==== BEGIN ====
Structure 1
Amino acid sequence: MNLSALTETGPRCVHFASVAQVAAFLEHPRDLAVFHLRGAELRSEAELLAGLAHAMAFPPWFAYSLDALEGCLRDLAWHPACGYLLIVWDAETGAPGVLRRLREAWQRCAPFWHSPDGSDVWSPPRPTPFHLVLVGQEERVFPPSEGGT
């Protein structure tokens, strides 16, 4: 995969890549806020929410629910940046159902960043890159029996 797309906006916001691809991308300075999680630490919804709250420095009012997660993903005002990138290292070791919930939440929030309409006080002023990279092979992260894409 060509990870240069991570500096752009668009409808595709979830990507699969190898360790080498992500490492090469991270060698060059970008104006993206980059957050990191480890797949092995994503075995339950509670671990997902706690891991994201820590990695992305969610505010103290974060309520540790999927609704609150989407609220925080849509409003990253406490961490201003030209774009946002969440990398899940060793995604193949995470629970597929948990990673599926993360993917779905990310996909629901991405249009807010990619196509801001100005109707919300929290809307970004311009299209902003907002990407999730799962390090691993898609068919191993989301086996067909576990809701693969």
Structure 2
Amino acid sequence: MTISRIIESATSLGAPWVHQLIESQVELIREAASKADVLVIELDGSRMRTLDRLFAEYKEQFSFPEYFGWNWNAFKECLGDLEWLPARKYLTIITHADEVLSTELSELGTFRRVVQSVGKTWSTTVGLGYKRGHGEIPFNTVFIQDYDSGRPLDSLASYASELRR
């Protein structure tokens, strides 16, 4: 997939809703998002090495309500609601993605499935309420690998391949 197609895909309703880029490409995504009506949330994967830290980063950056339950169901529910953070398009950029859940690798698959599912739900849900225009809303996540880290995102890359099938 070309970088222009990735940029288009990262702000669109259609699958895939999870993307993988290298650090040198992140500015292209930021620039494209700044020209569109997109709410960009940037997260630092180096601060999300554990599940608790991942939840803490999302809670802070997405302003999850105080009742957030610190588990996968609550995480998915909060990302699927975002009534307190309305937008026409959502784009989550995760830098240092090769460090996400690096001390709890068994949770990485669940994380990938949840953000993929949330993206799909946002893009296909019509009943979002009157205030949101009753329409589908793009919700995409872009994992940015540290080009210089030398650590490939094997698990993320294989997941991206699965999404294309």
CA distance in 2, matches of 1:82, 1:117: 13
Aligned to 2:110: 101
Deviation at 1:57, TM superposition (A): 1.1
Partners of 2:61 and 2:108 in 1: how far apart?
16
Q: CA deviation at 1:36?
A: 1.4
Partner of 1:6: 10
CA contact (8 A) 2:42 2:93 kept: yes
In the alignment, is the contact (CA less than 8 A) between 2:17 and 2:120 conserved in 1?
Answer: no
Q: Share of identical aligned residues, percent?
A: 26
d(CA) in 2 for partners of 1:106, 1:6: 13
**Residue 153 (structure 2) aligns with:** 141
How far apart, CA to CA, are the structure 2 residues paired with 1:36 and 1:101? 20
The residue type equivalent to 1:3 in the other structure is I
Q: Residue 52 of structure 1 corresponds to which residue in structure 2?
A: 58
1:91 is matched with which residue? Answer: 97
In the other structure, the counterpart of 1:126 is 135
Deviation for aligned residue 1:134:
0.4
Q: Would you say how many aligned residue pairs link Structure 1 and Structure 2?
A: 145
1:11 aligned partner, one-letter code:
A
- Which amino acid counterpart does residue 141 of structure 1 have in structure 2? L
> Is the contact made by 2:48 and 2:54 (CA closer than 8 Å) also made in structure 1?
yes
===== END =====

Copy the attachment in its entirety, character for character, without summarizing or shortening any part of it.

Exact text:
Structure 1
Amino acid sequence: MNLSALTETGPRCVHFASVAQVAAFLEHPRDLAVFHLRGAELRSEAELLAGLAHAMAFPPWFAYSLDALEGCLRDLAWHPACGYLLIVWDAETGAPGVLRRLREAWQRCAPFWHSPDGSDVWSPPRPTPFHLVLVGQEERVFPPSEGGT
């Protein structure tokens, strides 16, 4: 995969890549806020929410629910940046159902960043890159029996 797309906006916001691809991308300075999680630490919804709250420095009012997660993903005002990138290292070791919930939440929030309409006080002023990279092979992260894409 060509990870240069991570500096752009668009409808595709979830990507699969190898360790080498992500490492090469991270060698060059970008104006993206980059957050990191480890797949092995994503075995339950509670671990997902706690891991994201820590990695992305969610505010103290974060309520540790999927609704609150989407609220925080849509409003990253406490961490201003030209774009946002969440990398899940060793995604193949995470629970597929948990990673599926993360993917779905990310996909629901991405249009807010990619196509801001100005109707919300929290809307970004311009299209902003907002990407999730799962390090691993898609068919191993989301086996067909576990809701693969």
Structure 2
Amino acid sequence: MTISRIIESATSLGAPWVHQLIESQVELIREAASKADVLVIELDGSRMRTLDRLFAEYKEQFSFPEYFGWNWNAFKECLGDLEWLPARKYLTIITHADEVLSTELSELGTFRRVVQSVGKTWSTTVGLGYKRGHGEIPFNTVFIQDYDSGRPLDSLASYASELRR
């Protein structure tokens, strides 16, 4: 997939809703998002090495309500609601993605499935309420690998391949 197609895909309703880029490409995504009506949330994967830290980063950056339950169901529910953070398009950029859940690798698959599912739900849900225009809303996540880290995102890359099938 070309970088222009990735940029288009990262702000669109259609699958895939999870993307993988290298650090040198992140500015292209930021620039494209700044020209569109997109709410960009940037997260630092180096601060999300554990599940608790991942939840803490999302809670802070997405302003999850105080009742957030610190588990996968609550995480998915909060990302699927975002009534307190309305937008026409959502784009989550995760830098240092090769460090996400690096001390709890068994949770990485669940994380990938949840953000993929949330993206799909946002893009296909019509009943979002009157205030949101009753329409589908793009919700995409872009994992940015540290080009210089030398650590490939094997698990993320294989997941991206699965999404294309």
CA distance in 2, matches of 1:82, 1:117: 13
Aligned to 2:110: 101
Deviation at 1:57, TM superposition (A): 1.1
Partners of 2:61 and 2:108 in 1: how far apart?
16
Q: CA deviation at 1:36?
A: 1.4
Partner of 1:6: 10
CA contact (8 A) 2:42 2:93 kept: yes
In the alignment, is the contact (CA less than 8 A) between 2:17 and 2:120 conserved in 1?
Answer: no
Q: Share of identical aligned residues, percent?
A: 26
d(CA) in 2 for partners of 1:106, 1:6: 13
**Residue 153 (structure 2) aligns with:** 141
How far apart, CA to CA, are the structure 2 residues paired with 1:36 and 1:101? 20
The residue type equivalent to 1:3 in the other structure is I
Q: Residue 52 of structure 1 corresponds to which residue in structure 2?
A: 58
1:91 is matched with which residue? Answer: 97
In the other structure, the counterpart of 1:126 is 135
Deviation for aligned residue 1:134:
0.4
Q: Would you say how many aligned residue pairs link Structure 1 and Structure 2?
A: 145
1:11 aligned partner, one-letter code:
A
- Which amino acid counterpart does residue 141 of structure 1 have in structure 2? L
> Is the contact made by 2:48 and 2:54 (CA closer than 8 Å) also made in structure 1?
yes